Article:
According to the diagram, the current enters the coil ABCD from brush X. ABCD is a current-carrying coil that is placed in a magnetic field that is perpendicular to it. So, using Fleming's left-hand rule, we can say that AB moves downward and CD moves upward. CD moves towards the north pole in the next half rotation, while AB moves towards the south pole. Using Fleming's left-hand rule again, we can see that AB moves upward and CD moves downward. This process continues and the coil begins to rotate.
In short, an electrical DC motor is an electrical machine that converts electrical energy into mechanical energy. Therefore, we have discussed how DC and electric motors work and their applications. We have learnt the working principle of the DC and electrical motor and also the rules used to identify the direction of the force produced. This article gives a detailed description of the DC electric motor so that you will have a better understanding of the concept.
FAQs on Working of DC Motor, Electric Motor - Principle and Application for JEE
1. How do you reverse the rotational direction of a D.C. Motor?
We can reverse the rotational direction of a direct current motor by reversing the field or armature current. When both currents are reversed, the motor will run in the opposite direction. Another method is by inverting the polarity of the applied armature voltage by armature leads reversing their direction. In this case also the same as the above case will happen when the voltage is reversed, so the motor will run in the opposite direction. This works with shunt, series and compound wound DC motors.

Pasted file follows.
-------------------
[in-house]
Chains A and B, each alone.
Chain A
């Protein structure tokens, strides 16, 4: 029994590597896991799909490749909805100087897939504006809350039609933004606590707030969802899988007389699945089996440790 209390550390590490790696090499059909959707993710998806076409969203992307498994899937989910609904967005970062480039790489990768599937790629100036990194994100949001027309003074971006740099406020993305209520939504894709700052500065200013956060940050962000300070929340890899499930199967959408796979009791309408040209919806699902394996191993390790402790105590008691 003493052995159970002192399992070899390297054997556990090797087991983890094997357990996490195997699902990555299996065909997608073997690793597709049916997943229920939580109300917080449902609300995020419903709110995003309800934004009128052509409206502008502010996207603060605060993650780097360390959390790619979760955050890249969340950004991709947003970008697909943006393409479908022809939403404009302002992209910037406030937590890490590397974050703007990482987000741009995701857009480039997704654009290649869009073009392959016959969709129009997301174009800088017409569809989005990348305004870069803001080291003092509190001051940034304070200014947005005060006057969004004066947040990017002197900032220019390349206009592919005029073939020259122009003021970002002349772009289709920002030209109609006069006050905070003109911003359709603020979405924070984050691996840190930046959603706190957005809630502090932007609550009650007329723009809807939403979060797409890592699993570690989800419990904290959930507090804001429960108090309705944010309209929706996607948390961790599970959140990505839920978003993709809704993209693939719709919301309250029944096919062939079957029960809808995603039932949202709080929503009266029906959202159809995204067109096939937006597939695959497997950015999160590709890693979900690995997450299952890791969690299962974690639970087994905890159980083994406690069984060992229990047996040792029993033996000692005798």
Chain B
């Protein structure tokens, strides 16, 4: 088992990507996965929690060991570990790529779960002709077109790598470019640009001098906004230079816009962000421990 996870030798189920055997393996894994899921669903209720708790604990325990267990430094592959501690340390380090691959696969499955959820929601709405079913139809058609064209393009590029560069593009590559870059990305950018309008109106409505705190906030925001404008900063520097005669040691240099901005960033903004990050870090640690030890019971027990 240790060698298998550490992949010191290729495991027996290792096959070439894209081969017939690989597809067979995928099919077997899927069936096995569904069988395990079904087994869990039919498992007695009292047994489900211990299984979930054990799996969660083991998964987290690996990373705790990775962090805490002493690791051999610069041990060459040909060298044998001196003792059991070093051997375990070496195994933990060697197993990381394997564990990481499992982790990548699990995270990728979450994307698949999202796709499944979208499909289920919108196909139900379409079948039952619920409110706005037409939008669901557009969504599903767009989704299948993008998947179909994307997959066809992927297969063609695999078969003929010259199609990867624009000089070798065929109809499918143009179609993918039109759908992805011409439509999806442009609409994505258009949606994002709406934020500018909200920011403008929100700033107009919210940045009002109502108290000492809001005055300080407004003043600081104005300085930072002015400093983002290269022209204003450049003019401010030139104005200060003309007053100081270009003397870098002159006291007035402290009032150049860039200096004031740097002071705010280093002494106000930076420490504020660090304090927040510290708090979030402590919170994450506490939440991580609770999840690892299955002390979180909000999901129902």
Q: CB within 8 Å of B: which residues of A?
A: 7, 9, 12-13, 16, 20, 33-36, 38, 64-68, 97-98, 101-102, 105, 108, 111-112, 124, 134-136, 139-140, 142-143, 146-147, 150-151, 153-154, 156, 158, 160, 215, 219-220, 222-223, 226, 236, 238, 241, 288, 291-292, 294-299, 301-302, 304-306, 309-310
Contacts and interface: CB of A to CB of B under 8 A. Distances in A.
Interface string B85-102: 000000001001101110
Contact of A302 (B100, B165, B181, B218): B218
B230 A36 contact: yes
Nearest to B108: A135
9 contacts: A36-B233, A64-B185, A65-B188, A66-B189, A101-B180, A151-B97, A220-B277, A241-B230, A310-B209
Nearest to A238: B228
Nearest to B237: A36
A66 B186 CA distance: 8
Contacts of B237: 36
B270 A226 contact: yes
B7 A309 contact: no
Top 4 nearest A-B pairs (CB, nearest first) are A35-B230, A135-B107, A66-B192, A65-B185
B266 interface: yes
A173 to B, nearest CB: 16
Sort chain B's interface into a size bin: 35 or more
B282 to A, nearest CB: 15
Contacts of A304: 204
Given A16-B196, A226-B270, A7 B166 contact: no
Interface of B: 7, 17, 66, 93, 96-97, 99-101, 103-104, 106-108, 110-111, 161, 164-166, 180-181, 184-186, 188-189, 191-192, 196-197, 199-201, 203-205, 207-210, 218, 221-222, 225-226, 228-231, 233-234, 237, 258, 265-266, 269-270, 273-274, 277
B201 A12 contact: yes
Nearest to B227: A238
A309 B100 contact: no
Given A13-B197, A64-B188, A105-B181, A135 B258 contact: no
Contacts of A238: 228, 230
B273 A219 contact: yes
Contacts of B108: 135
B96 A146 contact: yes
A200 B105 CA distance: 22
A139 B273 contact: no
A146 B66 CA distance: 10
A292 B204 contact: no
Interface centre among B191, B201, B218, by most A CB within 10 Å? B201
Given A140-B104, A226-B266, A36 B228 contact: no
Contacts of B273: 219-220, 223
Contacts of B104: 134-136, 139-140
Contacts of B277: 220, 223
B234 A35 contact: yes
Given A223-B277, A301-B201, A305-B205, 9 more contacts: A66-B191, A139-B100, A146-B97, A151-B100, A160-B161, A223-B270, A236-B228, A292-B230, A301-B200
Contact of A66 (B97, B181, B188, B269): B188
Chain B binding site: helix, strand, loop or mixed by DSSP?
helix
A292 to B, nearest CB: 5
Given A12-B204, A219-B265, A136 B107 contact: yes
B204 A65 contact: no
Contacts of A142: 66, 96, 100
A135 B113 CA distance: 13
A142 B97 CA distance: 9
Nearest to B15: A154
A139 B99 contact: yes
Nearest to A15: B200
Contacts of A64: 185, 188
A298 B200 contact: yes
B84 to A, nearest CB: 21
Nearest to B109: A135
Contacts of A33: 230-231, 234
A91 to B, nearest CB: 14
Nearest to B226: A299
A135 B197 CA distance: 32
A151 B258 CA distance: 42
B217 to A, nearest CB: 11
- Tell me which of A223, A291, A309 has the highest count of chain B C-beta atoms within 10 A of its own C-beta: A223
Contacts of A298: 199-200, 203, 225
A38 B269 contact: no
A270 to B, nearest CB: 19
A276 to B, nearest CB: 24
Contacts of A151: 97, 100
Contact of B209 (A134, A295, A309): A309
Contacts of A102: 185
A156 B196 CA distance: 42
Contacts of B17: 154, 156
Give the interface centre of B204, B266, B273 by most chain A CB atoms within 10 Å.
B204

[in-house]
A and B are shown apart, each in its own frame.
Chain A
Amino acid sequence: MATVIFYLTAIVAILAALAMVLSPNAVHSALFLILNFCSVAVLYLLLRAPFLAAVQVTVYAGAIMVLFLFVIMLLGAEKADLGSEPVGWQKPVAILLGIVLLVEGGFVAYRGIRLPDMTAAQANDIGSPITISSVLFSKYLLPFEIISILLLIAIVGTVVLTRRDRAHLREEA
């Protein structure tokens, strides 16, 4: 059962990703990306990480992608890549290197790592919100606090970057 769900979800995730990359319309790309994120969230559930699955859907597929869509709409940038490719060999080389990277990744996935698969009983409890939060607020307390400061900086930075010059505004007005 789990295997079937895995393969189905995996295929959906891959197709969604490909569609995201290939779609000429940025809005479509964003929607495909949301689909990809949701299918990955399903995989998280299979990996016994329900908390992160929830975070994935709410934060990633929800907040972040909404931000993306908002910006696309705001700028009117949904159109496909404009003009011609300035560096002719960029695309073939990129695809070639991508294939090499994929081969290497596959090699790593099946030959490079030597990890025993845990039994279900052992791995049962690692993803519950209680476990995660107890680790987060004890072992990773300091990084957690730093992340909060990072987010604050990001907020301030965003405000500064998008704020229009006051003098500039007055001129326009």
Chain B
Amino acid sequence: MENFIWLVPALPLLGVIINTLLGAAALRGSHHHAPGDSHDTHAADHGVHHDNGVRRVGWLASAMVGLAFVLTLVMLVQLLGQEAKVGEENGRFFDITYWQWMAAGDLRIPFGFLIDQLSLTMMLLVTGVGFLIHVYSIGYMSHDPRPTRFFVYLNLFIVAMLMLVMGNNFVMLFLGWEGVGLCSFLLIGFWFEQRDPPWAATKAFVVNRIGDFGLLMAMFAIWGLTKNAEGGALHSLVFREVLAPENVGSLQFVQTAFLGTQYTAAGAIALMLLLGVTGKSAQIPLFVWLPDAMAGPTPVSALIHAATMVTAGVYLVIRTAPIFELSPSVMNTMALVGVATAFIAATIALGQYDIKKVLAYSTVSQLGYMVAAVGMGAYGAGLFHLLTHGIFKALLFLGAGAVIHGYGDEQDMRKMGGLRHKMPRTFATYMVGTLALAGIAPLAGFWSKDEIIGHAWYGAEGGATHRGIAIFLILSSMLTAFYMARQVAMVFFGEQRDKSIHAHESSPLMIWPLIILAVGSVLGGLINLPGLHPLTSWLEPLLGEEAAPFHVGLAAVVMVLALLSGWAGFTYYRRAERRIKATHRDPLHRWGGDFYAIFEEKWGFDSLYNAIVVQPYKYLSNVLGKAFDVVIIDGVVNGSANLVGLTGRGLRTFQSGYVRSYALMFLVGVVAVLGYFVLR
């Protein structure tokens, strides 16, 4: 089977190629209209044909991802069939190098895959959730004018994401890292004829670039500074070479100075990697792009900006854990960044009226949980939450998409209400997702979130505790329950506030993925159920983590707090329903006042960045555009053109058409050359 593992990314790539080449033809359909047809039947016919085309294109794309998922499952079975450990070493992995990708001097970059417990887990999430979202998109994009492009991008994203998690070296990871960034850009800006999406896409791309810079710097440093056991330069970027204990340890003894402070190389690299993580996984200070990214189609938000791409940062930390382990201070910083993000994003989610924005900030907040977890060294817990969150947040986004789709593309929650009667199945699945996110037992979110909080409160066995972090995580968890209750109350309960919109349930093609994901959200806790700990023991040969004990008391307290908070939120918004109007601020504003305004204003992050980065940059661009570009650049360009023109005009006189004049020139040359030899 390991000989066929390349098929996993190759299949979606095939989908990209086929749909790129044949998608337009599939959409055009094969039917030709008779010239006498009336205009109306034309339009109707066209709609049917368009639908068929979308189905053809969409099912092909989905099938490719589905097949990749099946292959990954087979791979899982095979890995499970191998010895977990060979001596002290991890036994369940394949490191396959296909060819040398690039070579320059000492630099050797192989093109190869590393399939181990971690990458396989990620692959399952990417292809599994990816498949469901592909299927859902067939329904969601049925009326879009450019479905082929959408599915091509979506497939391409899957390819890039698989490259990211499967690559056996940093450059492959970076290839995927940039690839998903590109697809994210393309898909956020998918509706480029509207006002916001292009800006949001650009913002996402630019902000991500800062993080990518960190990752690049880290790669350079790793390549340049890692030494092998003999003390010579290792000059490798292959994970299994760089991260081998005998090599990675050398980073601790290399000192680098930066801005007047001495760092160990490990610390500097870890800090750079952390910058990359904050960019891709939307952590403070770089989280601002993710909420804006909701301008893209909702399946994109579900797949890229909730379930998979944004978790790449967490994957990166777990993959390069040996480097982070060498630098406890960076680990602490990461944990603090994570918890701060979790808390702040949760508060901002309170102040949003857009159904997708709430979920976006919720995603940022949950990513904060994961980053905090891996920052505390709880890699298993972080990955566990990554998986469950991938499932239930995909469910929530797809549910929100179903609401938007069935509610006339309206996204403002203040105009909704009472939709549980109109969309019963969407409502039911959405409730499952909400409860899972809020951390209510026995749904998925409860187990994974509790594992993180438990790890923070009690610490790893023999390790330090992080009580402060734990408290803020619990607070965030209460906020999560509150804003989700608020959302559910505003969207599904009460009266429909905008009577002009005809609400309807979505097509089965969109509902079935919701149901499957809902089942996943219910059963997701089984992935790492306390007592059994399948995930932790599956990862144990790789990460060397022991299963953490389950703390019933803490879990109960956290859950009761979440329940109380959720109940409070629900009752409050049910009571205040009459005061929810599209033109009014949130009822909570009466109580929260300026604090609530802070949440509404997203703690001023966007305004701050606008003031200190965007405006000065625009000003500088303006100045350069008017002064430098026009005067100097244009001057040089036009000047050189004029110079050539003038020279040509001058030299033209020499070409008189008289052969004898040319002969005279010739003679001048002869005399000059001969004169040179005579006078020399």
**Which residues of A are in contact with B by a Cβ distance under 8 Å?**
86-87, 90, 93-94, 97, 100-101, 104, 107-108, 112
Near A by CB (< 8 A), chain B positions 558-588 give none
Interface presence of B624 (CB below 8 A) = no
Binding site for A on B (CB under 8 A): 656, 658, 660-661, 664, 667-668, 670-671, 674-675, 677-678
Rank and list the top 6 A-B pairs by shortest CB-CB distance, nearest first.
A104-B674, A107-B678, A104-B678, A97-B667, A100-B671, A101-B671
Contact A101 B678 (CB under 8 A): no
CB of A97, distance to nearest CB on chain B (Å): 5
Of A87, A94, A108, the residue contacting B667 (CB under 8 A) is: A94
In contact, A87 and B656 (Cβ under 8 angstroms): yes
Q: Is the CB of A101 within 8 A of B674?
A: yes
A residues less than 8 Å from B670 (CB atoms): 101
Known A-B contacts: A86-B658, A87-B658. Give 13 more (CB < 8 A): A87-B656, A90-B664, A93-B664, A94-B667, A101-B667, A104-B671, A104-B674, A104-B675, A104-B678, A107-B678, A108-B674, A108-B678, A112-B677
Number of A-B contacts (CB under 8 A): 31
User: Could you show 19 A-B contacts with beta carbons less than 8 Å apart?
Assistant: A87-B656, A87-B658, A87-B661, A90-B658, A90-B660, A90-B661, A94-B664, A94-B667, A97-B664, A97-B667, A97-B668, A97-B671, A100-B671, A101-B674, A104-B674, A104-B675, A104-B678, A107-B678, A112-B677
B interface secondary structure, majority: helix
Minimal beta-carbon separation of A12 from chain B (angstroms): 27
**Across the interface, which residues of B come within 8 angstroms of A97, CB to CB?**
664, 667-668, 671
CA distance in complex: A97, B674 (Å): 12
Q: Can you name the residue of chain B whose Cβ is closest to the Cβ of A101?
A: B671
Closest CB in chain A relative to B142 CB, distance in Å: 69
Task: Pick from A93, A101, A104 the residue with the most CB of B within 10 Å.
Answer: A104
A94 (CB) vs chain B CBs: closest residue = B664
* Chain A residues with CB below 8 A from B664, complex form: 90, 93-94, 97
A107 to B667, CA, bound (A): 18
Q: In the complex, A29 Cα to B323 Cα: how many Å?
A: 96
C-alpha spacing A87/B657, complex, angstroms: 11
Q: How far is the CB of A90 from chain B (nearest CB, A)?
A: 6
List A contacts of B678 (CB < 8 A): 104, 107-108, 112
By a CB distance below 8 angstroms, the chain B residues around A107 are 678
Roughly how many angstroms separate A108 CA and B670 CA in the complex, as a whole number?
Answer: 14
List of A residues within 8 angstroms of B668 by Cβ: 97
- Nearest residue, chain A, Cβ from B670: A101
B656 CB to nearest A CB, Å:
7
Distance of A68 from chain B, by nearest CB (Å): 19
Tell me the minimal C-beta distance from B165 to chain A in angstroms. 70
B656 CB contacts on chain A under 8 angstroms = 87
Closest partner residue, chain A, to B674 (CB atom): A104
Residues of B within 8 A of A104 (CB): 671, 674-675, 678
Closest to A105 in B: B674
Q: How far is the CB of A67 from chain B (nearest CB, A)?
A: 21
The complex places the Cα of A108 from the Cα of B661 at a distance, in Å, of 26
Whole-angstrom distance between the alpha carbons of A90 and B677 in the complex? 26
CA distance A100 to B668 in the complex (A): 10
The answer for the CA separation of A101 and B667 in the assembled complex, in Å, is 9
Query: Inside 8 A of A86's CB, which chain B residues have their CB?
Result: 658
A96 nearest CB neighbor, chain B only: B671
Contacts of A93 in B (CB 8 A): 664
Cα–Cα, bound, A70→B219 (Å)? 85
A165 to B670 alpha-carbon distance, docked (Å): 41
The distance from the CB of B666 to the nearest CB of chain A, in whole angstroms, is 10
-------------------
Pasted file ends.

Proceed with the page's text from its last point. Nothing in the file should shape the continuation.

2. What Exactly Is Speed Regulation?
Speed regulation is the change in speed caused by reducing the load on the motor from its rated value to zero. We can also define it the other way, as the change in the speed from full-load to no-load and is expressed as a percentage of the full-load speed.
It is given as a percentage of the rated load speed.
Thus, the factors affecting the speed of a DC motor are
1. The flux $\phi$ -Changing $\phi$ by controlling the current through the field winding.
2. The voltage across the armature- changing the armature path resistance will change the voltage applied across the armature.
3. The applied voltage V- changing the applied voltage is called the ‘voltage control method’.